Sunday, December 29, 2013

Civil War Sunday - Christmas Bells

As we close out 2013, I ponder whether to continue my Civil War Sunday posts into the New Year.  Like many in the United States/Confederate States of America in December of 1863, I am weary of the war, even if it was fought 150 years ago.

Unlike the people of 1863, I know what is to follow. As horrible a turn as the Civil War took in 1863, it was not going to get any better.

Civil War prison of war camps such as Camp Douglas, Elmira, Ft. Sumter (better known as Andersonville)....The Battle of Ft. Pillow...Spotsylvania Court House and the Bloody Angle....Sherman's March to the Sea. Should I give up, knowing the horrors to come, and leave the writing to the historians and the true Civil War buffs?

What helped me decide? A Christmas carol written in 1863 that I never realized, until this year, had a connection to the Civil War.  The Christmas carol is called "I Heard the Bells on Christmas Day".

The poem the song is based on is "Christmas Bells", written by Henry Wadsworth Longfellow.  His son Charles had been seriously wounded in a Civil War skirmish in late November,1863.  This poem is the anguished result.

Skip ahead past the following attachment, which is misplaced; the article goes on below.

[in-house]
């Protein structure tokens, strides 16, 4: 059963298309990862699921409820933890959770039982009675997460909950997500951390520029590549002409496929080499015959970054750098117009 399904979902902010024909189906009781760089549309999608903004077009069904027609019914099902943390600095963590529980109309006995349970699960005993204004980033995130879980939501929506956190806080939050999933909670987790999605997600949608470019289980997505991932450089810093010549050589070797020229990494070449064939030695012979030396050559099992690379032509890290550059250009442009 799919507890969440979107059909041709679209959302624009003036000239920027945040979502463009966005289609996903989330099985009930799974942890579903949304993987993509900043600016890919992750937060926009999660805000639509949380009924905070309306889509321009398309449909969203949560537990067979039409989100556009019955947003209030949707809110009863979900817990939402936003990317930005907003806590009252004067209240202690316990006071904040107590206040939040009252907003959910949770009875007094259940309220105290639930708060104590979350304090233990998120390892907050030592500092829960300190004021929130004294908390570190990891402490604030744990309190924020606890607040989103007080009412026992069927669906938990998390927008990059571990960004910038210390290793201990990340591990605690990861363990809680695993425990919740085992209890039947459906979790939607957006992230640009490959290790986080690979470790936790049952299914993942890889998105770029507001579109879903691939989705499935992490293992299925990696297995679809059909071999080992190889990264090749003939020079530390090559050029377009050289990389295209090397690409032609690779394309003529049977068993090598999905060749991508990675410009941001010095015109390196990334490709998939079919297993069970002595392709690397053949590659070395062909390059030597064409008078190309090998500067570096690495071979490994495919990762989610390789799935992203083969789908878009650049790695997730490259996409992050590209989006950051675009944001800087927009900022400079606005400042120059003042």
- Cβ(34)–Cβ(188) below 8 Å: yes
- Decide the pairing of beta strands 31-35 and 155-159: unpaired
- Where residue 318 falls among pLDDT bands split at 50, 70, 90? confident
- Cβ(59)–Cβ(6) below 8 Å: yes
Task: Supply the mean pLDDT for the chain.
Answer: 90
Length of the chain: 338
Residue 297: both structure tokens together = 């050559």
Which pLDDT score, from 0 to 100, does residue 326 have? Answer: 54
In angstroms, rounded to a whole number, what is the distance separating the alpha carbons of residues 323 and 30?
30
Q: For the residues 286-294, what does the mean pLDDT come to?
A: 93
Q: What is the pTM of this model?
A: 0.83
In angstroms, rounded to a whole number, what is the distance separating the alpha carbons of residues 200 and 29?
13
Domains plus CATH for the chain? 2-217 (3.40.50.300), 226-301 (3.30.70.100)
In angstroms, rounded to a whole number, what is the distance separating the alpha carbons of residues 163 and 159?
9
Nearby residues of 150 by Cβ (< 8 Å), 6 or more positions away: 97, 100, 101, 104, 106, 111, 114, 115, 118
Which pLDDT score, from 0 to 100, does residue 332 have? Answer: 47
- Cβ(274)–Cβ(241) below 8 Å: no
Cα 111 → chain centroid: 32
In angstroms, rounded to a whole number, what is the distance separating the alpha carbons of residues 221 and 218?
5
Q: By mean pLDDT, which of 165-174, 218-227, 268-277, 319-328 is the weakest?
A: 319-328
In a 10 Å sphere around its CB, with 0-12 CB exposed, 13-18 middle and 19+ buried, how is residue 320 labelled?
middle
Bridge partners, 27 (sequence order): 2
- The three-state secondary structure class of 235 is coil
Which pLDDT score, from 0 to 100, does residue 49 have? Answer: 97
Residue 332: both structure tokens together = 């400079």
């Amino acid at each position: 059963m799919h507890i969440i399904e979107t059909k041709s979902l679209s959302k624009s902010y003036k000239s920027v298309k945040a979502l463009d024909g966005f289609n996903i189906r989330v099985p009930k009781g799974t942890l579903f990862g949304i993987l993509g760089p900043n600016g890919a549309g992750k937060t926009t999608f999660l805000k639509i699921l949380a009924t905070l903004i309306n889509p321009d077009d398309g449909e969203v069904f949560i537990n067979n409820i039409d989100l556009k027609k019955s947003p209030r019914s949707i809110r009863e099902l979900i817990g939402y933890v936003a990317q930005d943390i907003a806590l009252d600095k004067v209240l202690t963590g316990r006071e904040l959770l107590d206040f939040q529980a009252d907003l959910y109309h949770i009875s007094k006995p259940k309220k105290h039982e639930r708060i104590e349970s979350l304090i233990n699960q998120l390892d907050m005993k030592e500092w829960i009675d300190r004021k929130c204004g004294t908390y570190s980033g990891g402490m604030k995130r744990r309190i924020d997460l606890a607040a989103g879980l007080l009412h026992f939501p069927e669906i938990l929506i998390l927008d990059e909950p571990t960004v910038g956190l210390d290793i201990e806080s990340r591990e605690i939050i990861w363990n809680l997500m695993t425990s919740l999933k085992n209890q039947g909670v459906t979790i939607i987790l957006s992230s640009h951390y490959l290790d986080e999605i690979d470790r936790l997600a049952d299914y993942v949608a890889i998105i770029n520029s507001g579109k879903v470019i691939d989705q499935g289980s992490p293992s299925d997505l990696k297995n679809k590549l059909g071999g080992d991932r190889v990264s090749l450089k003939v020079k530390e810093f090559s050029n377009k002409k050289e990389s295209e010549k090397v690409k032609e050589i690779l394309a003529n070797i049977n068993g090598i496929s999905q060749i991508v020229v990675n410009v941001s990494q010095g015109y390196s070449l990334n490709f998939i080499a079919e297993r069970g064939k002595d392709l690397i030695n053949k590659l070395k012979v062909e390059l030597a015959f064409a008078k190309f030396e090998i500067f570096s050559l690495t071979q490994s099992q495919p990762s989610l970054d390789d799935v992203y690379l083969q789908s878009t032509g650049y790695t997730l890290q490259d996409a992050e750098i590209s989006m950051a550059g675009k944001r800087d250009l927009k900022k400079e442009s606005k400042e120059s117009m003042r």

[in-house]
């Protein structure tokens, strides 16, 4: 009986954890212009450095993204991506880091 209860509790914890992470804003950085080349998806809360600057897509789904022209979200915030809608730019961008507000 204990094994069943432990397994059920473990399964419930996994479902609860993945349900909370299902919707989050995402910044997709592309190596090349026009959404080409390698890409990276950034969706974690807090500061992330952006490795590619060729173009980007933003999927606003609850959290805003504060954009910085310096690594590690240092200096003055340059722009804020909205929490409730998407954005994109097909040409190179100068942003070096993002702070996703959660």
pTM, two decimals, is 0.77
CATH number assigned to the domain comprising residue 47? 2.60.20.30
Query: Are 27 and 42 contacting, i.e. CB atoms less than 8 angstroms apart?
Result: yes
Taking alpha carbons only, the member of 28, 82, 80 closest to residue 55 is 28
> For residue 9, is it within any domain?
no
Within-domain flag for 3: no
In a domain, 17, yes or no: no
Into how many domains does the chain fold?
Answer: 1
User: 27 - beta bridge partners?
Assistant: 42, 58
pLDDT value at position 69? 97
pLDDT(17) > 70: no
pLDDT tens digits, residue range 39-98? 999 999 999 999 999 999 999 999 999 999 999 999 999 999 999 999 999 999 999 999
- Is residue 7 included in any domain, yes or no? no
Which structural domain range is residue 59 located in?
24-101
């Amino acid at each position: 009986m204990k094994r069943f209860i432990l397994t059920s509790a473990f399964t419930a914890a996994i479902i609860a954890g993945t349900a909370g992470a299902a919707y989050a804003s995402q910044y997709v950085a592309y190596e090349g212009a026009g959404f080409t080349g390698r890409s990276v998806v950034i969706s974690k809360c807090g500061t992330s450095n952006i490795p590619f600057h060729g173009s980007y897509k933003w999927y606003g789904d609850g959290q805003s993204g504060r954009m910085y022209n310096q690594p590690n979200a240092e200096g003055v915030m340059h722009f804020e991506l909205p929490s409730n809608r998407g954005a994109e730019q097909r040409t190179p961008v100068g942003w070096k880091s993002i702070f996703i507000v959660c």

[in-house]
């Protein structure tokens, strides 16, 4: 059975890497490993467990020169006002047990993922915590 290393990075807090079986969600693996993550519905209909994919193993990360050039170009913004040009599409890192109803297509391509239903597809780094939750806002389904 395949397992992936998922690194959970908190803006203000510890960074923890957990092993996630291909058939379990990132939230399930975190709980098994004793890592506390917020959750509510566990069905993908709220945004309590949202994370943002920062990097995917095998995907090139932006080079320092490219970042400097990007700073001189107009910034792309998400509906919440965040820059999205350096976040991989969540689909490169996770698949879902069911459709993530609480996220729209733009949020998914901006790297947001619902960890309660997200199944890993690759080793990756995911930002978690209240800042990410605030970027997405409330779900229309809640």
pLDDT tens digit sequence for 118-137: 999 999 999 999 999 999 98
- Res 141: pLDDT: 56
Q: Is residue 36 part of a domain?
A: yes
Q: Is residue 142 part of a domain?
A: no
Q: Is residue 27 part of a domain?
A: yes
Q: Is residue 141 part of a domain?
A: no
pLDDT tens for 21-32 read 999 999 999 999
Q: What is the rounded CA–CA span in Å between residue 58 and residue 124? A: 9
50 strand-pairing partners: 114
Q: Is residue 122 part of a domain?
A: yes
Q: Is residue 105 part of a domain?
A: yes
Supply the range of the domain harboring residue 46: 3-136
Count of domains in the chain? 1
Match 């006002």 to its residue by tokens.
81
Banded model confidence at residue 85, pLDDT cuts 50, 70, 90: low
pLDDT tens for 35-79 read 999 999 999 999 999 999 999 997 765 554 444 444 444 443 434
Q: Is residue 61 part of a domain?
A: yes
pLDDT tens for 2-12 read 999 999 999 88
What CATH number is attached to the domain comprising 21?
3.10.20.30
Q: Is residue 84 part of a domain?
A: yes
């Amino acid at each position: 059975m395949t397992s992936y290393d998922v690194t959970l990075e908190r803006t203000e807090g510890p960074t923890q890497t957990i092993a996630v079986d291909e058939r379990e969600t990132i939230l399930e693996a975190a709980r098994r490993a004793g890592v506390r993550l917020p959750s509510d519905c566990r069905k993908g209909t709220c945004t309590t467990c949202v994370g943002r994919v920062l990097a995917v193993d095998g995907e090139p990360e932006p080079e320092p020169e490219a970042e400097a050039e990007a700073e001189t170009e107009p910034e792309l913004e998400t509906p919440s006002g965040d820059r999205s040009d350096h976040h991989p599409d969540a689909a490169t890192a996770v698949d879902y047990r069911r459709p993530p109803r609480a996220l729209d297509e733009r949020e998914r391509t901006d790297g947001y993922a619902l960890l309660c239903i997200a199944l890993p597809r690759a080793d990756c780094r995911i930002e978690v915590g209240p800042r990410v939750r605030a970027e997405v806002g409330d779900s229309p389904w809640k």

Tragedy was no stranger to Longfellow.

Longfellow wrote, in part:
"And in despair I bowed my head;
"There is no peace on earth," I said;
"For hate is strong,
And mocks the song
Of peace on earth, good-will to men!"
Longfellow could not withdraw from the tragedy of the Civil War, a tragedy that still echoes in our United States 150 years later.

Perhaps, I shouldn't either.  I will keep on going, at least for now, although I may not be able to do a Civil War post every Sunday in January.

And yes, Longfellow's son Charles survived his injuries, and the war.

2 comments:

  1. Longfellow's words express what I'm feeling today. They're so powerful.
    "And in despair I bowed my head;
    "There is no peace on earth," I said;
    "For hate is strong,
    And mocks the song
    Of peace on earth, good-will to men!"
    If only ...

    ReplyDelete
  2. Wow! Some very poignant words here. They're very moving!

    ReplyDelete

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